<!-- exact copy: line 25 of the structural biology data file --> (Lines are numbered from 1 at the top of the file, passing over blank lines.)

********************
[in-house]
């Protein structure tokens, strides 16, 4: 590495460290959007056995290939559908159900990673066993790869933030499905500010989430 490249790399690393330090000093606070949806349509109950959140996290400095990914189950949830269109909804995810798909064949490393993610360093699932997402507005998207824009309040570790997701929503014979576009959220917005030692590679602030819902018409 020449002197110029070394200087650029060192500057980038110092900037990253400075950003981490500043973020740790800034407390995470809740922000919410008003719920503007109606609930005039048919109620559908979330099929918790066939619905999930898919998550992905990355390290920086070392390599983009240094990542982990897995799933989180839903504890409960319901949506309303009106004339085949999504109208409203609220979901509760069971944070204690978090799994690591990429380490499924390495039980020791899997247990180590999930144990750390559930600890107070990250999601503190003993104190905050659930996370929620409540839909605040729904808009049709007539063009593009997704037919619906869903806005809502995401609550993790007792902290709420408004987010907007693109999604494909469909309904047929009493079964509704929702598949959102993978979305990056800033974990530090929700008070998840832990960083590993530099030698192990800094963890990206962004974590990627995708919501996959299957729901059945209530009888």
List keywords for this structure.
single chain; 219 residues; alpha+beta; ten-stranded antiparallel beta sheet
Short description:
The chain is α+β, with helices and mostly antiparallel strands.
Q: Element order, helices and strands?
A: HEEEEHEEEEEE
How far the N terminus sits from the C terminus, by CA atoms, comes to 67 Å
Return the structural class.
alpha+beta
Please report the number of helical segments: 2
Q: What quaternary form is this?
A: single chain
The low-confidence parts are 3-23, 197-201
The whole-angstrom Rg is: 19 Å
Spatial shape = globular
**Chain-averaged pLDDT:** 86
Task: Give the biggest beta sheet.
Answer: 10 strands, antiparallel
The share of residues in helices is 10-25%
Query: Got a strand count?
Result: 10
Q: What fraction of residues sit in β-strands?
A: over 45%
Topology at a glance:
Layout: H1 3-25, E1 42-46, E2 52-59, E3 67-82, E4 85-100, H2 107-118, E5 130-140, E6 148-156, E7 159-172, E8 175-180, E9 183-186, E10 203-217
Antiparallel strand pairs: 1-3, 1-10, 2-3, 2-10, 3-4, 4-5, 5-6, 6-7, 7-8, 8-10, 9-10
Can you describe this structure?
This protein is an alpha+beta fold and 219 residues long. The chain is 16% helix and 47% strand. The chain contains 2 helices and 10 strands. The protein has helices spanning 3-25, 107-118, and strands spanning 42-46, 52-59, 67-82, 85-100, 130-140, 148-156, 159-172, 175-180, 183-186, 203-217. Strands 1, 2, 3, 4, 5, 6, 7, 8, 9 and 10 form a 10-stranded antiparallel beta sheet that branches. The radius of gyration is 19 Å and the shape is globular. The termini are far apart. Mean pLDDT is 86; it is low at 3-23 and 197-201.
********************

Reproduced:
A: over 45%